West Hartford resident Tracey Gamer-Fanning, an 11-year brain cancer survivor, is co-founder and president emeritus of the Connecticut Brain Tumor Alliance (CTBTA) and a Medical Oncology Board Member – American Board of Internal Medicine (ABIM).
By Tracey Gamer-Fanning
I was given three to five years to live over 11 years ago when I was diagnosed with a Grade III brain tumor in 2006. I have had surgeries, radiation treatment and chemotherapy over these years and somehow managed not just to survive but thrive.
I co-founded the Connecticut Brain Tumor Alliance (CTBTA) in 2006; aided in the legalization of medical marijuana in Connecticut; been voted onto the American Board of Internal Medicine Oncology Board with all this extra time I’ve been given. I’ve met hundreds of brain tumor patients and their families and continue to be their advocate until the day I no longer can.
I have seen some fantastic results in the oncology field and I have experienced disappointments. However, this latest news takes the horror of cancer to a new, greedy low.
NextSource, a 2013 startup drug manufacturer, purchased a drug called “Lomustine,” which had marketed as “CeeNU” for 40 years. It is a way to treat brain tumor patients with little or no options left. “CeeNU” has been on the market for decades and lost its patent rights. NextSource then simply re-branded the older, generic drug and changed the name to “Gleostine.” The CEO of NextSource, Robert DiCrisci, then changed the price of the drug from $50 per pill to $768, a 1,500 percent increase.
It was like they purchased aspirin, put a pretty label on it, called it “Crapsin,” and charged people tons more money. That’s literally all they did, a quick rebrand, a new label and a 1,500 percent increase.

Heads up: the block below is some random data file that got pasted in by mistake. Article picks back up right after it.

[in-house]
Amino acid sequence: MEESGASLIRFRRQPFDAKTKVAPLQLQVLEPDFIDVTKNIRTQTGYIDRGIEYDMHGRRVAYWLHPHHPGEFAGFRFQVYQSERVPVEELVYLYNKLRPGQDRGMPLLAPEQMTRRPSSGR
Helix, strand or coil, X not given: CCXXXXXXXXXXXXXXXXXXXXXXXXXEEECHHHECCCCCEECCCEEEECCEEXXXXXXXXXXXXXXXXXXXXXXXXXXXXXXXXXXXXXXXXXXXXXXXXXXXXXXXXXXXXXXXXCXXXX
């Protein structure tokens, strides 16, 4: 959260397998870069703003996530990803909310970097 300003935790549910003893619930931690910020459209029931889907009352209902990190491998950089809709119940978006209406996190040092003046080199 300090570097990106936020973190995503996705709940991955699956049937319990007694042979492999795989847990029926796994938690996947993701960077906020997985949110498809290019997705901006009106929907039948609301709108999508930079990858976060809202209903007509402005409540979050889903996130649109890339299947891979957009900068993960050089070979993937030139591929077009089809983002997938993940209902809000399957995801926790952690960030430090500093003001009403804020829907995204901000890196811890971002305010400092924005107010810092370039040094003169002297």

One month’s worth of pills, already over $1,500 per month, will now cost over $23,000 per month. Insane prices that have been made more insane by one massively greedy CEO who wants to build his profits on the backs of dying women, men, and children who can barely afford the treatment to begin with. The stench of Martin Shrekli is back again.
This was brought to my attention by retired Neuro-Oncologist Dr. Alexandra Flowers, who sent me a small article announcing this 1,500 percent increase in a Pharma trade mag. They literally tried to sneak it past patients and medical professionals knowing insurance would just pay the increase and the patients would keep taking the drug. Just another number, in another line, of a ledger that keeps growing off the backs of the suffering and dying.
I am calling on all our elected officials and those running for office this year to scream at the top of their lungs this outrage. Clare Kindall (D), running for attorney general, and the former commissioner of Consumer Protection, Jonathan Harris (D), who is likely running for governor, are just some of our state leaders that support me. Additionally, Robert D. Seigel M.D., Cancer Program director, Bon Secours St. Francis Health System and Board of Directors chair, Medical Oncology Subspecialty Board of the American Board of Internal Medicine (ABIM) and Neuro-Oncologist Alexandra Flowers formerly of Hartford Hospital. They all share my anger at this company and their CEO, Robert DiCrisci.
I and many of my fellow CTBTA board members, our patients, friends, and families have joined together and resolved ourselves to not let this insanity go unanswered. Please call 1-855-543- 3784 and tell the FDA that this can’t happen. Tell them that regular people can’t keep paying for corporate profits thru sneaky price increases, this has to stop, this must stop.
Brain tumors are challenging enough to endure – a 1,500 percent increase in price just adds more pain and indignity to a terminal diagnosis. For those of us fighting brain tumors, the drug Gleostine is a lifeline in a desperate fight. A fight for memories, smiles, the ability to talk and walk again – and sometimes to just see one more day.
Tell NextSource and their CEO to start working for patients again and not their stockholders and put the price of Gleostine back to an affordable price.
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